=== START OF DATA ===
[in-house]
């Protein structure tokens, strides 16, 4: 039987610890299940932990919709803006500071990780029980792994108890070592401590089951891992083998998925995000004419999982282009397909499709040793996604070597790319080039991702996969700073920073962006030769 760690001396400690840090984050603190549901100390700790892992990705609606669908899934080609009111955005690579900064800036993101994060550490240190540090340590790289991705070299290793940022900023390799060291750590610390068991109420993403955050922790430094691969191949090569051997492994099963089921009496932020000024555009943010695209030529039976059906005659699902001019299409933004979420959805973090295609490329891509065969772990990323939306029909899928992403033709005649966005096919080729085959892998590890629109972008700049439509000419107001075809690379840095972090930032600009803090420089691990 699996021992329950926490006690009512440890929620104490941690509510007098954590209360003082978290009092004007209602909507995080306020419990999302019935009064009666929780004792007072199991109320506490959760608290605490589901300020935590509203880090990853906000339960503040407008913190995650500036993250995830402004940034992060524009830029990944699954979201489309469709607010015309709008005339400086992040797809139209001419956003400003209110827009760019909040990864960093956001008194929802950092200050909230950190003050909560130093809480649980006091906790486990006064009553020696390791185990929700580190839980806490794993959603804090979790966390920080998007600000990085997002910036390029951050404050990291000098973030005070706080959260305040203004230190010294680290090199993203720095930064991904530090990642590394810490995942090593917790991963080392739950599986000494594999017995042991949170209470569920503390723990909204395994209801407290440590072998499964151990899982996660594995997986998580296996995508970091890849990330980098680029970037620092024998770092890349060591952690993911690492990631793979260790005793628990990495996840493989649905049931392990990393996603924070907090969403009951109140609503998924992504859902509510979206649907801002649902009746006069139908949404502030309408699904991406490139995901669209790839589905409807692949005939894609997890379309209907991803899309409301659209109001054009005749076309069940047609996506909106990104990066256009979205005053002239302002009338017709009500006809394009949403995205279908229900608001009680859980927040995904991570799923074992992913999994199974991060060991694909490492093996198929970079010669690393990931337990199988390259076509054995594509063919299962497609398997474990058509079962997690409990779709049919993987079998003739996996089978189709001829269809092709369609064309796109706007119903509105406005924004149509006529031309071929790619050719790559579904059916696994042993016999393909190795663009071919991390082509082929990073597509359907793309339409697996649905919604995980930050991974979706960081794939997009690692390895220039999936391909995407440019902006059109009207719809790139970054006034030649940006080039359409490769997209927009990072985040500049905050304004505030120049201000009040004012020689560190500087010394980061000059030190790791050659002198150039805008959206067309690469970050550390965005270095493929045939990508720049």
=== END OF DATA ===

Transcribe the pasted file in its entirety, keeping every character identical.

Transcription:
[in-house]
């Protein structure tokens, strides 16, 4: 039987610890299940932990919709803006500071990780029980792994108890070592401590089951891992083998998925995000004419999982282009397909499709040793996604070597790319080039991702996969700073920073962006030769 760690001396400690840090984050603190549901100390700790892992990705609606669908899934080609009111955005690579900064800036993101994060550490240190540090340590790289991705070299290793940022900023390799060291750590610390068991109420993403955050922790430094691969191949090569051997492994099963089921009496932020000024555009943010695209030529039976059906005659699902001019299409933004979420959805973090295609490329891509065969772990990323939306029909899928992403033709005649966005096919080729085959892998590890629109972008700049439509000419107001075809690379840095972090930032600009803090420089691990 699996021992329950926490006690009512440890929620104490941690509510007098954590209360003082978290009092004007209602909507995080306020419990999302019935009064009666929780004792007072199991109320506490959760608290605490589901300020935590509203880090990853906000339960503040407008913190995650500036993250995830402004940034992060524009830029990944699954979201489309469709607010015309709008005339400086992040797809139209001419956003400003209110827009760019909040990864960093956001008194929802950092200050909230950190003050909560130093809480649980006091906790486990006064009553020696390791185990929700580190839980806490794993959603804090979790966390920080998007600000990085997002910036390029951050404050990291000098973030005070706080959260305040203004230190010294680290090199993203720095930064991904530090990642590394810490995942090593917790991963080392739950599986000494594999017995042991949170209470569920503390723990909204395994209801407290440590072998499964151990899982996660594995997986998580296996995508970091890849990330980098680029970037620092024998770092890349060591952690993911690492990631793979260790005793628990990495996840493989649905049931392990990393996603924070907090969403009951109140609503998924992504859902509510979206649907801002649902009746006069139908949404502030309408699904991406490139995901669209790839589905409807692949005939894609997890379309209907991803899309409301659209109001054009005749076309069940047609996506909106990104990066256009979205005053002239302002009338017709009500006809394009949403995205279908229900608001009680859980927040995904991570799923074992992913999994199974991060060991694909490492093996198929970079010669690393990931337990199988390259076509054995594509063919299962497609398997474990058509079962997690409990779709049919993987079998003739996996089978189709001829269809092709369609064309796109706007119903509105406005924004149509006529031309071929790619050719790559579904059916696994042993016999393909190795663009071919991390082509082929990073597509359907793309339409697996649905919604995980930050991974979706960081794939997009690692390895220039999936391909995407440019902006059109009207719809790139970054006034030649940006080039359409490769997209927009990072985040500049905050304004505030120049201000009040004012020689560190500087010394980061000059030190790791050659002198150039805008959206067309690469970050550390965005270095493929045939990508720049």